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Rangers know: to get better, change is inevitable
Posted By Carp On May 29, 2012 @ 3:02 am In Hockey,New York Rangers,NHL,Stanley Cup playoffs | 234 Comments
Here’s my column from The Journal News and LoHud.com today (it’s the unedited version, so apologies in advance for any typos and such):
By Rick Carpiniello
GREENBURGH — The Rangers team that shook hands with the Devils late Friday night will never be exactly the same, because all teams make changes, especially those who have taken the giant steps the Rangers took this year.
They had a fabulous season, a very good playoff run, and still came up six wins short.
“For me, and I think I can say we, as an organization, we aren’t content with everything,” Rangers coach John Tortorella said Monday. “You get knocked out in the third round, you don’t get where you want to be. We’ve made improvements, but I don’t think any organization in the league wants to sit still.
“We have to continue to improve as an organization, not just skill but all through it.”
So next year will be harder, and more of a challenge — actually starting this summer, and very soon, with the draft in June, trades, and free agency July 1.
“We’ve improved,” Brian Boyle said. “Our coach knows it’s there. He’s seen us play that way, so he’s going to demand more. He’s going to push us harder. That’s a good thing. It’s not always easy, but it’s a good thing. … That’s the challenge I think a lot of us embrace and we’ll be better for it.”
Some may not be around to embrace it, starting with Mike Sullivan, the valued assistant coach who is high on lists of head coaching prospects (Calgary?), and Tortorella said he won’t stop Sullivan from going.
Then there are free agents, and some difficult decisions, especially surrounding Brandon Prust and, despite an uneven season, could be coveted — a guy who led the NHL in fights and can play a third-line/checking/penalty-killer role.
“I love the guy,” Tortorella said. “It was an inconsistent year, but as far as the intangible and what he does for our lockerroom, he’s a big piece to the puzzle.”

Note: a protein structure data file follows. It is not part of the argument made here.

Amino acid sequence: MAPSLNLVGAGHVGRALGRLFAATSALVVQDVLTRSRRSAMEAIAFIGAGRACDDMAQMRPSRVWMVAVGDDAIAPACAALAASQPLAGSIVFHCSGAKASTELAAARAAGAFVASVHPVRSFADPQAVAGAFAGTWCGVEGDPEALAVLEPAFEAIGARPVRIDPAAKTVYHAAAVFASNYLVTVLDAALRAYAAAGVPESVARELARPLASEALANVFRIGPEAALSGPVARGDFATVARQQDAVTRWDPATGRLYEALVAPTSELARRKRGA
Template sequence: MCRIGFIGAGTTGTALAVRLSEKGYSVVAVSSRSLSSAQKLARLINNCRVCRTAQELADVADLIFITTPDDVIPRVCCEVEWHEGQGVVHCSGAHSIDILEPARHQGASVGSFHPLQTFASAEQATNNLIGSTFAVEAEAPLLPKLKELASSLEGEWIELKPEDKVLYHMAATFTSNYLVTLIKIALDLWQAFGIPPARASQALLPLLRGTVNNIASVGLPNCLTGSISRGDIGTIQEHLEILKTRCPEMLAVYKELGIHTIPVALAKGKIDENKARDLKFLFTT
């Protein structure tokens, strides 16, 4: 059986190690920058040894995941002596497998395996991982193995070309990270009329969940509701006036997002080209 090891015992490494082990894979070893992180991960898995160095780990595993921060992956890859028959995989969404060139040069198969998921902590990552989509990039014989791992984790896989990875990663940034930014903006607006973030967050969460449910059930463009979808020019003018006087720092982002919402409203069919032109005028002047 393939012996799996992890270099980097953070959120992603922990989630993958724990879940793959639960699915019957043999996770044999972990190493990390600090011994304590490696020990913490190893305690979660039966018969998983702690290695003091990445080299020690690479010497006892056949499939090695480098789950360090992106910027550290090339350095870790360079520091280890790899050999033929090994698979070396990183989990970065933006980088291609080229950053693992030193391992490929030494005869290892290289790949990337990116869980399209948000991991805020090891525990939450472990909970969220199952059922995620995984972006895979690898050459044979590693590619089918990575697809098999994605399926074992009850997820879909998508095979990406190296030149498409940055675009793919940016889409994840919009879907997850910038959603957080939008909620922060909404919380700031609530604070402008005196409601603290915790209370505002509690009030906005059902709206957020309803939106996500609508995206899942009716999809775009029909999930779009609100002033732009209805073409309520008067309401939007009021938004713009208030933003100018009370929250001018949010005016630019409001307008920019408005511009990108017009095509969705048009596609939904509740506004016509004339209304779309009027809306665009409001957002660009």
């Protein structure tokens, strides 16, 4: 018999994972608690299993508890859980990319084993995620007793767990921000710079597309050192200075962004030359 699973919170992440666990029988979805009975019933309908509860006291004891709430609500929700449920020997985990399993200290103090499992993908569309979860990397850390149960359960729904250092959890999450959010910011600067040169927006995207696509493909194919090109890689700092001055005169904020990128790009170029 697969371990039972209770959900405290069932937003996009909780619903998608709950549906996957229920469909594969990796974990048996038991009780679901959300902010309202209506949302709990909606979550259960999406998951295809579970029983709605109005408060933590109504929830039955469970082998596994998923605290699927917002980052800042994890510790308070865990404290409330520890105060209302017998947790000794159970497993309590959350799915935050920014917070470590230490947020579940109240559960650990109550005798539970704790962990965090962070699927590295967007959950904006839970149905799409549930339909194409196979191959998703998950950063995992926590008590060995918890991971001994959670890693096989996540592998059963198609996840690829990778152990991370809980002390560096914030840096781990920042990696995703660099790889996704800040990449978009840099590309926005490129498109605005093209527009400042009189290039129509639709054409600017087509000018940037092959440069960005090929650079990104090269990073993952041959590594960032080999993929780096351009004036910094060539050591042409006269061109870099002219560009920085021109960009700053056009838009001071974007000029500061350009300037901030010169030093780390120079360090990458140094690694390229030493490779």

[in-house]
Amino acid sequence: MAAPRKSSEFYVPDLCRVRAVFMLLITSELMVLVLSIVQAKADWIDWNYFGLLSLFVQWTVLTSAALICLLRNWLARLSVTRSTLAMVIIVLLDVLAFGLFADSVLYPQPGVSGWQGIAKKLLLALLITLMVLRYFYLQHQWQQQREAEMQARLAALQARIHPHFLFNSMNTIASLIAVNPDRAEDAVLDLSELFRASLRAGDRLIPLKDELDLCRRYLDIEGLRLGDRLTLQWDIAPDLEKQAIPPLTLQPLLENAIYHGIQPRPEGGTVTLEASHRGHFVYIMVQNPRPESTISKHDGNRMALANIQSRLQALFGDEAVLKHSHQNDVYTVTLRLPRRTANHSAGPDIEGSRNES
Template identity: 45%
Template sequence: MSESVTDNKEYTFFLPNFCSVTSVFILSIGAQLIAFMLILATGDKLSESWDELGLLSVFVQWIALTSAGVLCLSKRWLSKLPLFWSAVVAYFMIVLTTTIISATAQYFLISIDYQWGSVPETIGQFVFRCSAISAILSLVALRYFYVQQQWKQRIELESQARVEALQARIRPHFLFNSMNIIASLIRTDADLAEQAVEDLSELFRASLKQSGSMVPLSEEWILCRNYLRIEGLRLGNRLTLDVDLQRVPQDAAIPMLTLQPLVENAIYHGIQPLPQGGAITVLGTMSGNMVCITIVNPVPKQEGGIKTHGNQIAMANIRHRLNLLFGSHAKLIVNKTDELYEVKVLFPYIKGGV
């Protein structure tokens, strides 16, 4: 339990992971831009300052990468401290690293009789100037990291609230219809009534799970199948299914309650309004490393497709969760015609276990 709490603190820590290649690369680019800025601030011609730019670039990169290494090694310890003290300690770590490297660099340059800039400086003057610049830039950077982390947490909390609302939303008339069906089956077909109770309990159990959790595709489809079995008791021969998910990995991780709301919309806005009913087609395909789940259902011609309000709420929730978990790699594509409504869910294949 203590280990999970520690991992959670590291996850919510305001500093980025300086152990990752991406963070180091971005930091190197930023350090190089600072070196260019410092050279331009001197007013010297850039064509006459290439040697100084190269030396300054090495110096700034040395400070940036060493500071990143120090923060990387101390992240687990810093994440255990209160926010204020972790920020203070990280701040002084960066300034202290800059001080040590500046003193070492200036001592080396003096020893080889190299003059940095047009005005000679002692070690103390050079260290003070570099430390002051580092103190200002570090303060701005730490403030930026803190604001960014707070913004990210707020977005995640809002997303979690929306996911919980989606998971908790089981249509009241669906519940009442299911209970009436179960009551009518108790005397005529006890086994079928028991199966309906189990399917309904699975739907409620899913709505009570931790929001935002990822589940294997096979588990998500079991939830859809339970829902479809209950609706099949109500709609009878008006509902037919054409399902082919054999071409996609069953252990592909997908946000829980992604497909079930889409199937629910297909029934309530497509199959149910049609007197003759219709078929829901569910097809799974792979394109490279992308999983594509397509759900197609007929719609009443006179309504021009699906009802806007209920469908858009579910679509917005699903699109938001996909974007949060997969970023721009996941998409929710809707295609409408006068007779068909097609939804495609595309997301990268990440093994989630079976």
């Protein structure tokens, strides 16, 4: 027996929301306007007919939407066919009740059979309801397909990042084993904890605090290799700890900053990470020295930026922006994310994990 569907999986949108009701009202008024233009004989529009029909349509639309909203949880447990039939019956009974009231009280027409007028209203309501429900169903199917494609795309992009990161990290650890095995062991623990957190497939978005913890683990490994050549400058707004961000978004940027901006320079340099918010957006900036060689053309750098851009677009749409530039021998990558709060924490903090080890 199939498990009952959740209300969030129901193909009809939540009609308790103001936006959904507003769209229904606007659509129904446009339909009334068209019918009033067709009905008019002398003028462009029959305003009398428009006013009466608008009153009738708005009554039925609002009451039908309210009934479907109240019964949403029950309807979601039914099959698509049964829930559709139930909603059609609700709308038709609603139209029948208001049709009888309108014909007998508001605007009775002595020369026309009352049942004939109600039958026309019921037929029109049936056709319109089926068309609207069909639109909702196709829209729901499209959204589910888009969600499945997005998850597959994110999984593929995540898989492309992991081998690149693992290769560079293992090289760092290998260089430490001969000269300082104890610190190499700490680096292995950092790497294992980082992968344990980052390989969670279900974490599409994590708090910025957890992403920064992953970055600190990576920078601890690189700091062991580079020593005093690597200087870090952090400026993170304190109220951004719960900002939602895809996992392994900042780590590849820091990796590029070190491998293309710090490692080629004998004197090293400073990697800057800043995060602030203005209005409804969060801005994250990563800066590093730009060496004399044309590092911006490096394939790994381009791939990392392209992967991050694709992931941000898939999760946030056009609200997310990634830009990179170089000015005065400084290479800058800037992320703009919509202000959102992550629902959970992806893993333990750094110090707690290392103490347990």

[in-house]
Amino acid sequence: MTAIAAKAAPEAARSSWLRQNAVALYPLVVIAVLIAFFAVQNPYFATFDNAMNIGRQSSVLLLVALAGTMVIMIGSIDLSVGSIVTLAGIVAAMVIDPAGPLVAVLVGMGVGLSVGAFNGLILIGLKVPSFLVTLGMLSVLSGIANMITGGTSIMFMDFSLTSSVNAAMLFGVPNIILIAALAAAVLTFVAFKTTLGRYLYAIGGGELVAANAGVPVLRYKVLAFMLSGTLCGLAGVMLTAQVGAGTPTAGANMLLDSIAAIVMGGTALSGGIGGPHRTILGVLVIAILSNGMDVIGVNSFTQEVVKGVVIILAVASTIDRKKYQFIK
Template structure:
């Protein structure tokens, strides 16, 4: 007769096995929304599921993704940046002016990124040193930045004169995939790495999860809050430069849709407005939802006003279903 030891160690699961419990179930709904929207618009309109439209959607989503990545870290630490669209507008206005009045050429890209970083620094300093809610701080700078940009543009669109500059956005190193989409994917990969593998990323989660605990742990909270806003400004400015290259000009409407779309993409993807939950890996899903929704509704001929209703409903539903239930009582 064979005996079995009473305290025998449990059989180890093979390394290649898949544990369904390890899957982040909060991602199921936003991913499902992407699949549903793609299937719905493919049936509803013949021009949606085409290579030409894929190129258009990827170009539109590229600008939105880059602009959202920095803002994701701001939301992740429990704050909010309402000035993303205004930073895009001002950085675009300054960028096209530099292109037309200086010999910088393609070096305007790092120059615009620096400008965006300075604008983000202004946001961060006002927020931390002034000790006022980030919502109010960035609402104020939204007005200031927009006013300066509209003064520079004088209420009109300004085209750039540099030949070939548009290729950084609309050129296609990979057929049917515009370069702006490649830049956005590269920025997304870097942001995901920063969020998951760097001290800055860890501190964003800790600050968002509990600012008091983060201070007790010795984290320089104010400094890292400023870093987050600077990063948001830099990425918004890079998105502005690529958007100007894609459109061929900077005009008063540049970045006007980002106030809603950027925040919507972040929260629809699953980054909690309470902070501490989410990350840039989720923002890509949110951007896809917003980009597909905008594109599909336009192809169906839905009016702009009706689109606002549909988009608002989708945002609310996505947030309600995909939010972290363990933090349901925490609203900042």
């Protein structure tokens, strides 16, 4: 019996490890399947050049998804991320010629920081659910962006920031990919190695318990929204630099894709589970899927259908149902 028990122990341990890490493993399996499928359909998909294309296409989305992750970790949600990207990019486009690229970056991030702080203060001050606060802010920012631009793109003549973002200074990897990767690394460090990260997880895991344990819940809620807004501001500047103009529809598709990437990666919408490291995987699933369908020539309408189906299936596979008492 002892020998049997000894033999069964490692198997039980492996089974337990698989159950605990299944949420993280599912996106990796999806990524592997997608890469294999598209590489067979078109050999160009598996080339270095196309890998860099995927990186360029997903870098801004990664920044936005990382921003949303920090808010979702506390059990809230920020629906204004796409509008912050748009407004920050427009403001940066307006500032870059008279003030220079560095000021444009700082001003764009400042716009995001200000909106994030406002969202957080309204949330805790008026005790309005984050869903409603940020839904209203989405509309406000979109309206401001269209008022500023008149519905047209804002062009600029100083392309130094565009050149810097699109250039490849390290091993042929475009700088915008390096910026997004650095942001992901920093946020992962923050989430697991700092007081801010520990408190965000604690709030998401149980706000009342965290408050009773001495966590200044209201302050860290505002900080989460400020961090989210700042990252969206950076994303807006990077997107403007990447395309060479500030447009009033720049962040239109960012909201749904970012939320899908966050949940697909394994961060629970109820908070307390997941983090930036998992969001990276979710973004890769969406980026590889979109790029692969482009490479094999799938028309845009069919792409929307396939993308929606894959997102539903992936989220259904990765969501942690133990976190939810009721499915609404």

Mats Zuccarello has options in Russia, and maybe in Europe, but wants to play in the NHL. He said Monday that he doesn’t want to just play 10 NHL games again, though. Ruslan Fedotenko could be kept depending on what the Rangers add over the summer. Will the Rangers try to move Marian Gaborik, who had 41 goals in the season, but came up so short against the Devils?
Will they try to move Brandon Dubinsky, who had a miserable 10-goal season after signing a big contract, and who missed a chunk of the playoffs with a high ankle sprain? Tortorella said that Dubinsky understands he has to come back not only as good as last year, but better, because that was the expectation this year.
Will they re-sign backup goalie Martin Biron, or defenseman Anton Stralman?
Tortorella said he saw Michael Sauer (concussion) Monday for the first time in months, and that he’s “a huge question mark” that he “can’t count on” having Sauer next season because the defenseman is still a long way from being able to work out.
Tortorella said his top offensive players didn’t do enough, but added that overall he didn’t think a lot of his team played enough “minutes” against the Devils.
Once again, the coach believes the Rangers need to add skill and more youth. But, he was asked, if the team has to be careful that any newcomers fit the identity of the Rangers.
“You’re always thinking about that,” he said. “But you’ve got to be really careful about ruling people out, too. Sometimes when you think it’s a really good piece and he may not exactly fit in all the little things you do, you can teach him those things along the way if he really brings you something else that you need. So you don’t want to box yourself in here.
“Listen, we have to work extremely hard to score goals and along the way, if there’s something that can help there, you find a way to teach your concept but allow it to bring some talent in to allow that to work for you. You can’t get stubborn here, either. “No matter what happens with our team if new bodies come in, we’re certainly not going to lose the premise of what we are. I think that’s a big part of us, a big part of the camaraderie of our room.”
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